Bait and switch

Recently, I signed up for Amazon's unlimited cloud storage, but received an email from the company this week.

The email said they changed my terms and conditions and even though I've uploaded several hundred gigabytes of files, I no longer have unlimited storage.

It made me think if I owned a restaurant ,how would that appear? In fact, what about some other annoying industries.


Mr. Amazon: “I'd like to order a beef burger with a side salad and French fries.”

Waiter: “Certainly, sir.”

Half way through the meal, the waiter returns, removes a half-eaten beef burger and a salad. “I'm sorry, sir, our terms and conditions have changed and you no longer have the full beef burger and salad. You now only have half a burger. If you'd like to continue with the whole beef burger, our prices just doubled.”


Mrs. Oil Person: “Hello, I'd like to order this Caesar salad followed by the chicken Fettuccine on special for $20, please.”

Waiter: “I am sorry, but just as you walked in, the chicken refinery had an explosion and it is 4 o'clock on a long weekend, so I am afraid it has impacted our supply chain. You know, it's just supply-and-demand economics, you probably would not understand, but the special is now $35.”


Contractor: “I would like a pint of beer and a dozen wings with fries please.”

Waiter: “Certainly, sir.”

Half an hour later

Contractor: “Waiter, I ordered half an ago. Where is my beer?”

Waiter: “I'm so sorry, sir, right after you walked in, we got very busy and we started working with a few new clients. I'm sure you understand; we will be with you as soon as we can.”

Waiter delivers his beer and fries.

Contractor: “Excuse me, waiter, where are the chicken wings?”

Waiter: “I'm sorry, sir, we used all our wings for the new customers who turned up after you. We are getting a new supply now and if you'd like to come back tomorrow, you can finish your dinner.”


Mr. FastJet: “I come to this restaurant an awful lot, I love your loyalty program and your food, so I will order a glass of red wine and a New York steak, please.”

Waiter: “Certainly, sir.”

Waiter delivers the food and then returns to the table..

Waiter: “I'm so sorry to inform you sir, we have an overbooked situation. I'm going to have to move you to the outside patio or we could offer you a half-price voucher to visit again in the future once our prices have increased.”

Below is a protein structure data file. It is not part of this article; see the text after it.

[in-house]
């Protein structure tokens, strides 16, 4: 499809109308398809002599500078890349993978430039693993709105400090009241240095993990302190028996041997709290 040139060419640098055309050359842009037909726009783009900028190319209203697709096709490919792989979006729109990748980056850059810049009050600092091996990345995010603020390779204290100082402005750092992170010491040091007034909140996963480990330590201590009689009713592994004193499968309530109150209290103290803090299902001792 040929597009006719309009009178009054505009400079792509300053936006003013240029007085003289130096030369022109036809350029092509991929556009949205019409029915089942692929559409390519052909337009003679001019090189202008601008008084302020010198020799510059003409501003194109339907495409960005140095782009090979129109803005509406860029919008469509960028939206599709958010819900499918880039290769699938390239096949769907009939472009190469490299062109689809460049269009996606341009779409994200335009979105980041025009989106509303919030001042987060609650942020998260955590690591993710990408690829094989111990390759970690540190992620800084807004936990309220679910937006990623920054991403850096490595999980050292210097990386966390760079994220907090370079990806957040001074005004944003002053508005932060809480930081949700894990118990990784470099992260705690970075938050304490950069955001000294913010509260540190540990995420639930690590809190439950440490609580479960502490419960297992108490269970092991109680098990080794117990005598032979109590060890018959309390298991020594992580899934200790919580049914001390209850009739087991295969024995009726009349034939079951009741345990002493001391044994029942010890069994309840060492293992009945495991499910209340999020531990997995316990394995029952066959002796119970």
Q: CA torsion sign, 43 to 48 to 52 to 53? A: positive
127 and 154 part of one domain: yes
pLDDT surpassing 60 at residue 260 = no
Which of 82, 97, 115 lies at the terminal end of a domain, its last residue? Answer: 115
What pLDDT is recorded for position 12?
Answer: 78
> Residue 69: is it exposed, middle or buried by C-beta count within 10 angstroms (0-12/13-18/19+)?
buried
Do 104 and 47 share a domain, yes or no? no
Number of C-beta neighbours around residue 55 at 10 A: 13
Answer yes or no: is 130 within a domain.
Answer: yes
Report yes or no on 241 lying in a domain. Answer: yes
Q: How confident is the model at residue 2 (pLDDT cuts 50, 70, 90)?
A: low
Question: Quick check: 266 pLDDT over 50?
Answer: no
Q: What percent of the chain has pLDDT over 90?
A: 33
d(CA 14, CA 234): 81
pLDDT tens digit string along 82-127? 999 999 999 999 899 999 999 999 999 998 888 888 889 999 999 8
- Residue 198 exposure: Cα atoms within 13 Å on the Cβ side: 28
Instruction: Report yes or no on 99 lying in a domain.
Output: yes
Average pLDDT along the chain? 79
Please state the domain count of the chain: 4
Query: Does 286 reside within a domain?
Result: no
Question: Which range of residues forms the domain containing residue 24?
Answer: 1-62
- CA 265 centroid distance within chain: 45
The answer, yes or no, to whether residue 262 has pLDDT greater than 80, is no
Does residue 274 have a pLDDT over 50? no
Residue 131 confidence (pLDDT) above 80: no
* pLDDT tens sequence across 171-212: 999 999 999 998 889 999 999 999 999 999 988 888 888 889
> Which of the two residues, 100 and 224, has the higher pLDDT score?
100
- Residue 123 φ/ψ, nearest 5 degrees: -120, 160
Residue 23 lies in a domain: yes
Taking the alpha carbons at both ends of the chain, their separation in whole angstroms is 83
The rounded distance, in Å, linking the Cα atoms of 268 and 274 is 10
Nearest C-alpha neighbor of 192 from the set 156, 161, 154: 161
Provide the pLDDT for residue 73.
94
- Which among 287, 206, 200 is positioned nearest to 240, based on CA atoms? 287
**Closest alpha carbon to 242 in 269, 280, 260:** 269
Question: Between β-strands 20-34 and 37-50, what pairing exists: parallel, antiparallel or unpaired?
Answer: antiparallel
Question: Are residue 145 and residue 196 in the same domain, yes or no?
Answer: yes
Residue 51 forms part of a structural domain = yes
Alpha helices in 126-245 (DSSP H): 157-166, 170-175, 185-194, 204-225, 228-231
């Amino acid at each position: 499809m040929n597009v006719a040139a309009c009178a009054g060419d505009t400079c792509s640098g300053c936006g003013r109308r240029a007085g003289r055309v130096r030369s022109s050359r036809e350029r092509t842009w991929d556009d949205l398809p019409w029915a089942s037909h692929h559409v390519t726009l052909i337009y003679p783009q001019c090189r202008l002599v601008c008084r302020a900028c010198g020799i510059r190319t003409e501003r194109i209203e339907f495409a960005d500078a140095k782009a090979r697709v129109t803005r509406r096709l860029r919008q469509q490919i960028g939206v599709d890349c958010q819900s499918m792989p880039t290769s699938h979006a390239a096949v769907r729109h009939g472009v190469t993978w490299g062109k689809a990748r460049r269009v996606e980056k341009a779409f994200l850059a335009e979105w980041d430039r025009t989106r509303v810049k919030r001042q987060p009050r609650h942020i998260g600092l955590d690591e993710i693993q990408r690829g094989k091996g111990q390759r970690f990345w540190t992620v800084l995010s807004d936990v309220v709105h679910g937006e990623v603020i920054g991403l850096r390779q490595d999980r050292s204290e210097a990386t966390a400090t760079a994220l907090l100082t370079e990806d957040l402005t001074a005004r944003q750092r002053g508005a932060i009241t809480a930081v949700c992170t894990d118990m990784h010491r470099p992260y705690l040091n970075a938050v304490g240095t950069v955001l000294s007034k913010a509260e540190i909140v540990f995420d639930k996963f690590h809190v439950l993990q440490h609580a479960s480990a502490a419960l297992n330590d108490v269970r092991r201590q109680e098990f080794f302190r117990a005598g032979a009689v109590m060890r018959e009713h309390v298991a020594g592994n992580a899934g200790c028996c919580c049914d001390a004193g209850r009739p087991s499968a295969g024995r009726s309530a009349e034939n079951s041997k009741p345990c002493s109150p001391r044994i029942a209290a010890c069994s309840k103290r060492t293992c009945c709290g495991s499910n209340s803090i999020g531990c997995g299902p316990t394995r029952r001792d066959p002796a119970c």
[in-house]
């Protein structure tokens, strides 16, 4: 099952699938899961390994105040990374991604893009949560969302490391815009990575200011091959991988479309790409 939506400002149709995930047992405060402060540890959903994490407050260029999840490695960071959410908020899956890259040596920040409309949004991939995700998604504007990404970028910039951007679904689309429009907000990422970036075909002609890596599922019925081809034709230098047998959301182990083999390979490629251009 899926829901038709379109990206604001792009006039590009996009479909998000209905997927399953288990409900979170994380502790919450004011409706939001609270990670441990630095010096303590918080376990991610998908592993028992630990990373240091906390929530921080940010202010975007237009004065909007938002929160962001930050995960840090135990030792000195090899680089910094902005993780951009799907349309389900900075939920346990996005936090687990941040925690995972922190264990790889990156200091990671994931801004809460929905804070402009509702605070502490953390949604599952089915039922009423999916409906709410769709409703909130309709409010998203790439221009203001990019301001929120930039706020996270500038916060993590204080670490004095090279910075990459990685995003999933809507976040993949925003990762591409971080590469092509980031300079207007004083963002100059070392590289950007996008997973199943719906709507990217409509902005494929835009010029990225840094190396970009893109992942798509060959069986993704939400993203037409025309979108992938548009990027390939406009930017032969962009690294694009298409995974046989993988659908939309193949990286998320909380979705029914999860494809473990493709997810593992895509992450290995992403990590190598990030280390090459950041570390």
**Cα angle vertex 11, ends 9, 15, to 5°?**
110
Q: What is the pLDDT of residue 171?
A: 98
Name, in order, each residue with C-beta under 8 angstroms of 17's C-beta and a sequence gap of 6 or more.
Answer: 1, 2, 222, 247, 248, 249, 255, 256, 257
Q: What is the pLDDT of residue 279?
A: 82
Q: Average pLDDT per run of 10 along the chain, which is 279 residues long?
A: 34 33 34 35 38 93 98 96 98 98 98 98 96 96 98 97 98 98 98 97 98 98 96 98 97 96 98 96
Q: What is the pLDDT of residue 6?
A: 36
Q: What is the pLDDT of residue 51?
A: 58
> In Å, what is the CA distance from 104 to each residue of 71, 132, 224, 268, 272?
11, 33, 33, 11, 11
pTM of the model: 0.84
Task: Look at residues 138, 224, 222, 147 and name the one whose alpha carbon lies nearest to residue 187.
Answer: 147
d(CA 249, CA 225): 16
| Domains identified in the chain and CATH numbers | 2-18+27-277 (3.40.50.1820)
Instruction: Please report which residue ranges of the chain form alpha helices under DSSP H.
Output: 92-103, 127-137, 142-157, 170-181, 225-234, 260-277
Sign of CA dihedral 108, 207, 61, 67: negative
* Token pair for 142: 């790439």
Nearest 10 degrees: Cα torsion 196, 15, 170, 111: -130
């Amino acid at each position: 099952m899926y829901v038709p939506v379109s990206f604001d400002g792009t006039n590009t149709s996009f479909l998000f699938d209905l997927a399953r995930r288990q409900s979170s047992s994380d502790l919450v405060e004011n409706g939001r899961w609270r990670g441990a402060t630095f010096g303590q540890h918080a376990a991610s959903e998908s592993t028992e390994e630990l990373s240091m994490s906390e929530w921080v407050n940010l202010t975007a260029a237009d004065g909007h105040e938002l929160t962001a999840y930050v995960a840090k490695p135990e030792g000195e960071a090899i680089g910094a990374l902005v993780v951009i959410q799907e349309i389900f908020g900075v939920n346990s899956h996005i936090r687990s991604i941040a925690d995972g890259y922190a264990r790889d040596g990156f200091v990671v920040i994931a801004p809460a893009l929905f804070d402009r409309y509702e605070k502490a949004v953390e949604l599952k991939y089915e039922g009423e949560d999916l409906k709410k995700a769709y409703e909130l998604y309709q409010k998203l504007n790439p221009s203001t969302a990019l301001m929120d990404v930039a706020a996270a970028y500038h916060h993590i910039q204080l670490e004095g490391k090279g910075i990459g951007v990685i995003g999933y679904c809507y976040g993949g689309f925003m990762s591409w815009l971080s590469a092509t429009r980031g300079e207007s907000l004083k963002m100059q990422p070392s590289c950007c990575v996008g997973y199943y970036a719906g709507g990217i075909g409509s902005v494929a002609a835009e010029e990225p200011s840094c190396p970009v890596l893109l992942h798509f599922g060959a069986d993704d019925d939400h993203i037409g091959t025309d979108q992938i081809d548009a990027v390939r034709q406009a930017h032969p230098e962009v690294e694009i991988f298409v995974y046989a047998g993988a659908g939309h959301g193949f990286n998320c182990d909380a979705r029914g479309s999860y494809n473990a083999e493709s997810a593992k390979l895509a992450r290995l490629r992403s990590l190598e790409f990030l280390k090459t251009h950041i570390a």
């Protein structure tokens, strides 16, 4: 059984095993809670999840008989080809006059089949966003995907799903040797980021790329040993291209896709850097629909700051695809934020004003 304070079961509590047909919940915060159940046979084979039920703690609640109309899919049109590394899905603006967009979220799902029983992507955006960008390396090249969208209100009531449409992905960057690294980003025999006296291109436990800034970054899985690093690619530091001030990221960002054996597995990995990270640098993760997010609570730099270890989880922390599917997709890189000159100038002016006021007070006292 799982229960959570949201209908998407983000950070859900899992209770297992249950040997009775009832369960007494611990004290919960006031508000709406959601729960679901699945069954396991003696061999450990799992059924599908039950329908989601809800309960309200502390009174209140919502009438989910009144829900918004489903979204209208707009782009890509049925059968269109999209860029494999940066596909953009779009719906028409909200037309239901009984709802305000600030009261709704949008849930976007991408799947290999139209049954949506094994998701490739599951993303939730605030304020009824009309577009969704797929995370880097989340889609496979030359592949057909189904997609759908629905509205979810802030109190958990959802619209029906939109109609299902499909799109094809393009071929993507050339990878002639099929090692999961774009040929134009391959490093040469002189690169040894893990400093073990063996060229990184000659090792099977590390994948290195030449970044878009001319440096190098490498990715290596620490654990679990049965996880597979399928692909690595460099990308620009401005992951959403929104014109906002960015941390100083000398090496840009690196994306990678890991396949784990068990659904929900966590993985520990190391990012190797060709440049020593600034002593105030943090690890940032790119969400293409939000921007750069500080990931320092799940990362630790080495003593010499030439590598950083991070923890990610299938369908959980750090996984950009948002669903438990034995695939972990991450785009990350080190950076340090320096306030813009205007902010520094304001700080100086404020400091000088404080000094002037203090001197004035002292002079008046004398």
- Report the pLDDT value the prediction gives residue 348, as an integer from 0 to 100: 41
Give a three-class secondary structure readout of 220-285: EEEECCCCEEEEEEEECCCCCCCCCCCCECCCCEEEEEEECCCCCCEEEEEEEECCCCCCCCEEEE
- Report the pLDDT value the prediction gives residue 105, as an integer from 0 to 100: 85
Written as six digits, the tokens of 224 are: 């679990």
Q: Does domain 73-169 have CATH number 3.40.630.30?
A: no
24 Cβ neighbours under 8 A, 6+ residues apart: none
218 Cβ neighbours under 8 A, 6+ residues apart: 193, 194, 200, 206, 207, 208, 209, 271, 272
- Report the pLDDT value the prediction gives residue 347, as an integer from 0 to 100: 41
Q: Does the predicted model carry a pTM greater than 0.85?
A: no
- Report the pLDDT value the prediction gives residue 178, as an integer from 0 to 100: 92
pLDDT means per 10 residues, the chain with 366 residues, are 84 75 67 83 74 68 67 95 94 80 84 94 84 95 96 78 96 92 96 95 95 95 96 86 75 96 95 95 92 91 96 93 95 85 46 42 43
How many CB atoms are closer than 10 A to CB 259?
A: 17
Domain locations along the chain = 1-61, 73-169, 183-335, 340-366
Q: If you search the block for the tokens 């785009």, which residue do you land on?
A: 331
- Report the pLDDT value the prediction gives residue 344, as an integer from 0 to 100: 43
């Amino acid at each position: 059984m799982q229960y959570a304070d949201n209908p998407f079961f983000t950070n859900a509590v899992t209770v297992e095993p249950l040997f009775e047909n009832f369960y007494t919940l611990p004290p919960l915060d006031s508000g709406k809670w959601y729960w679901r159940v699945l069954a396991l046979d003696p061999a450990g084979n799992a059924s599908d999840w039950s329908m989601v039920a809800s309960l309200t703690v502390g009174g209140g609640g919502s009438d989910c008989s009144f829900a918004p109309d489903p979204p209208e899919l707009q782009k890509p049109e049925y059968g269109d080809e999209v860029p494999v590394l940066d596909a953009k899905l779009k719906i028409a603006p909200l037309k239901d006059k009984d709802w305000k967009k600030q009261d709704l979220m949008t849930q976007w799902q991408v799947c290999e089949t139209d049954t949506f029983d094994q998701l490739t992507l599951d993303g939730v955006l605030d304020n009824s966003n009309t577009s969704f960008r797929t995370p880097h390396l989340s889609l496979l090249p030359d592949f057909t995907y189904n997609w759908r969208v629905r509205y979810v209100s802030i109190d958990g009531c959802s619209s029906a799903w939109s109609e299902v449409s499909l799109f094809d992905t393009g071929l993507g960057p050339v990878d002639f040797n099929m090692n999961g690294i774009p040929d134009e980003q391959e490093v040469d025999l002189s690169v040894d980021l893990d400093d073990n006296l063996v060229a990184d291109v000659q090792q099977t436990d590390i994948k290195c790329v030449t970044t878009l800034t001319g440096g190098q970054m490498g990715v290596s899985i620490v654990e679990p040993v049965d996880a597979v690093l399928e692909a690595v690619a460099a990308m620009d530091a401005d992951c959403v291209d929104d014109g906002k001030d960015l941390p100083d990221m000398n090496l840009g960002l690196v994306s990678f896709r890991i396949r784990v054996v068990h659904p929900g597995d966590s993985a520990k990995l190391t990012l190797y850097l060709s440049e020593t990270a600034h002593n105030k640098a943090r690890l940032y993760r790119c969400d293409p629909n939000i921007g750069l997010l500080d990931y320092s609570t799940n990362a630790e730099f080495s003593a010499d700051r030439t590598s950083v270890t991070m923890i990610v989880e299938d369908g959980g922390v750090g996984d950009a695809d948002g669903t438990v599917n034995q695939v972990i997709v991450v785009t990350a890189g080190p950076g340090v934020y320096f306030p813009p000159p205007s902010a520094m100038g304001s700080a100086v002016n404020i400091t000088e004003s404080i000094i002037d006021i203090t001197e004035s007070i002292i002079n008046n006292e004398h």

Mr. FastJet: “But I'm one of your most loyal customers; I specifically requested a seat in the restaurant.”

Waiter: “I understand, sir. Unfortunately, there's nothing I can do about it. The computer bumped you out of the restaurant because you showed up 30 seconds late. In the interim, I'm afraid somebody else purchased your seat in the restaurant.”

Of course, no restaurant that operated like this would be in business for more than a few months. It makes you wonder then, why would we keep going back to some businesses who do this to us constantly?


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About the Author

Mark has been an entrepreneur for over forty years. His experience spans many commercial sectors and aspects of business. He was one of the youngest people to be appointed as a Fellow of the prestigious Institute of Sales and Marketing Management before he left the UK in 1988.

His column focuses on ways we can improve on success in our lives. Whether it is business, relationships, or health, Mark has a well-rounded perspective on how to stay focused for growth and development.

His influences come from the various travels he undertakes as an adventurer, philanthropist and keynote speaker. More information can be found on Mark at his website www.markjenningsbates.com

He is a Venture Partner with www.DutchOracle.com a global Alternative Investment company.

Mark Jennings-Bates:
[email protected]

Photo credit: www.SteveAustin.ca 

The views expressed are strictly those of the author and not necessarily those of Castanet. Castanet does not warrant the contents.

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